Dodging the drones: How militants have responded (September 21 2012) Dodging the drones: How militants have responded (September 21 2012)

Aaron Y Zelin the American researcher focusing on Salafi politics, global jihadi activism and reactions to the uprisings in the Middle East and North Africa has published an article on Afpak titled ‘Dodging the drones: How militants have responded to the covert US campaign’. Zelin states “Over the past decade U.S. drone strikes have killed between 1,800 and 3,100 people in Pakistan, along with hundreds more in drone attacks in Yemen and Somalia, as a result of the United States’ efforts to combat al-Qaeda and its affiliates. The rise in strikes since the beginning of the Obama administration, and the growing stridency of questions surrounding the legal, moral, and practical efficacy of the program, have led to a lively debate among the commentariat. This debate is indeed important, but it is also crucial to understand how the drone program has affected the jihadis, and how jihadis have deployed the issue of drones in their propaganda. This is a necessary part of gaining a wider understanding of whether the program is a worthwhile endeavor. …In the documents collected by Navy SEALs during their raid of Osama bin Laden’s compound in Abbottabad, Pakistan last May, bin Laden nicknamed Pakistan’s tribal areas the “circle of espionage” for the network of spies that helps identify targets and place tracking devices for the strikes. …The fear of infiltrators has created an atmosphere of paranoia within the jihadi movement, and has led many of al-Qaeda’s operatives in the Pakistani tribal areas to move to more urban areas like Karachi. …Bin Laden also suggested that individuals flee to Afghanistan’s Kunar province, where he thought they would be safer from the spy networks that have supported the drone campaign.”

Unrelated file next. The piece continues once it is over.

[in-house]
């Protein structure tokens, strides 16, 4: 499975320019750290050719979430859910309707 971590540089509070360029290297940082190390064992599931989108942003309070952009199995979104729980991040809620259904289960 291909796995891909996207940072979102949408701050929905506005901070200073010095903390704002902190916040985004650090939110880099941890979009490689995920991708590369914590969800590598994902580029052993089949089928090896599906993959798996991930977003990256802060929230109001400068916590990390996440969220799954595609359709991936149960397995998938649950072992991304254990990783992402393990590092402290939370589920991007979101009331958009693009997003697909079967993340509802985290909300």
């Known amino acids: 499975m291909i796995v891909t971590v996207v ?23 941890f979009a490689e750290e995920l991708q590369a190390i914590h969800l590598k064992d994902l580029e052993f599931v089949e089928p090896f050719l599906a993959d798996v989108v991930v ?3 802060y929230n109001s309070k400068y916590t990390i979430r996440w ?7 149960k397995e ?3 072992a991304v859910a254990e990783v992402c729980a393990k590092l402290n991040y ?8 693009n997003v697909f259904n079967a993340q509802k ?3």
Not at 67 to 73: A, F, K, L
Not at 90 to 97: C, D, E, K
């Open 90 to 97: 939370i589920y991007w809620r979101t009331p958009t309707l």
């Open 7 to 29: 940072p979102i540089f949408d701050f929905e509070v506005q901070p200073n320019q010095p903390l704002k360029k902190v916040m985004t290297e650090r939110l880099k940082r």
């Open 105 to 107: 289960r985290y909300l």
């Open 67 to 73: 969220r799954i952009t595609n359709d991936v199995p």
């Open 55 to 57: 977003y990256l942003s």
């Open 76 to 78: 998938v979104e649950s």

Inspired by Afpak image source Washinton Institute